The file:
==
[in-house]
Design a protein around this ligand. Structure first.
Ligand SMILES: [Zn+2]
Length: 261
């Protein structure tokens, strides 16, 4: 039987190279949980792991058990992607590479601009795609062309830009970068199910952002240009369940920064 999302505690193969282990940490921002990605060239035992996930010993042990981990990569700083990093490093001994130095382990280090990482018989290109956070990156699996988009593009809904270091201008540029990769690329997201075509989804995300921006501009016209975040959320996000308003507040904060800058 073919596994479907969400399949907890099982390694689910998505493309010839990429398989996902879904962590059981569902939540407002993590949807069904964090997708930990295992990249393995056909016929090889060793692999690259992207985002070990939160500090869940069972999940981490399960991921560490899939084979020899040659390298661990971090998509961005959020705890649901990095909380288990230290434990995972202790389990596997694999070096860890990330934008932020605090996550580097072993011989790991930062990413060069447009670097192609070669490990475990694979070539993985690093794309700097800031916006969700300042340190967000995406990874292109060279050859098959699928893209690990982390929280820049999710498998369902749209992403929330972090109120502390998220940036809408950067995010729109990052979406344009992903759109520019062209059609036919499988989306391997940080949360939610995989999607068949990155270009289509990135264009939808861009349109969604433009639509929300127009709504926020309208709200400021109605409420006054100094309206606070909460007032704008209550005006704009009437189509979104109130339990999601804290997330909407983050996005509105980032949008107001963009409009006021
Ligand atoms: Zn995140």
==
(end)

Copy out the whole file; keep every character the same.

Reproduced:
[in-house]
Design a protein around this ligand. Structure first.
Ligand SMILES: [Zn+2]
Length: 261
């Protein structure tokens, strides 16, 4: 039987190279949980792991058990992607590479601009795609062309830009970068199910952002240009369940920064 999302505690193969282990940490921002990605060239035992996930010993042990981990990569700083990093490093001994130095382990280090990482018989290109956070990156699996988009593009809904270091201008540029990769690329997201075509989804995300921006501009016209975040959320996000308003507040904060800058 073919596994479907969400399949907890099982390694689910998505493309010839990429398989996902879904962590059981569902939540407002993590949807069904964090997708930990295992990249393995056909016929090889060793692999690259992207985002070990939160500090869940069972999940981490399960991921560490899939084979020899040659390298661990971090998509961005959020705890649901990095909380288990230290434990995972202790389990596997694999070096860890990330934008932020605090996550580097072993011989790991930062990413060069447009670097192609070669490990475990694979070539993985690093794309700097800031916006969700300042340190967000995406990874292109060279050859098959699928893209690990982390929280820049999710498998369902749209992403929330972090109120502390998220940036809408950067995010729109990052979406344009992903759109520019062209059609036919499988989306391997940080949360939610995989999607068949990155270009289509990135264009939808861009349109969604433009639509929300127009709504926020309208709200400021109605409420006054100094309206606070909460007032704008209550005006704009009437189509979104109130339990999601804290997330909407983050996005509105980032949008107001963009409009006021
Ligand atoms: Zn995140």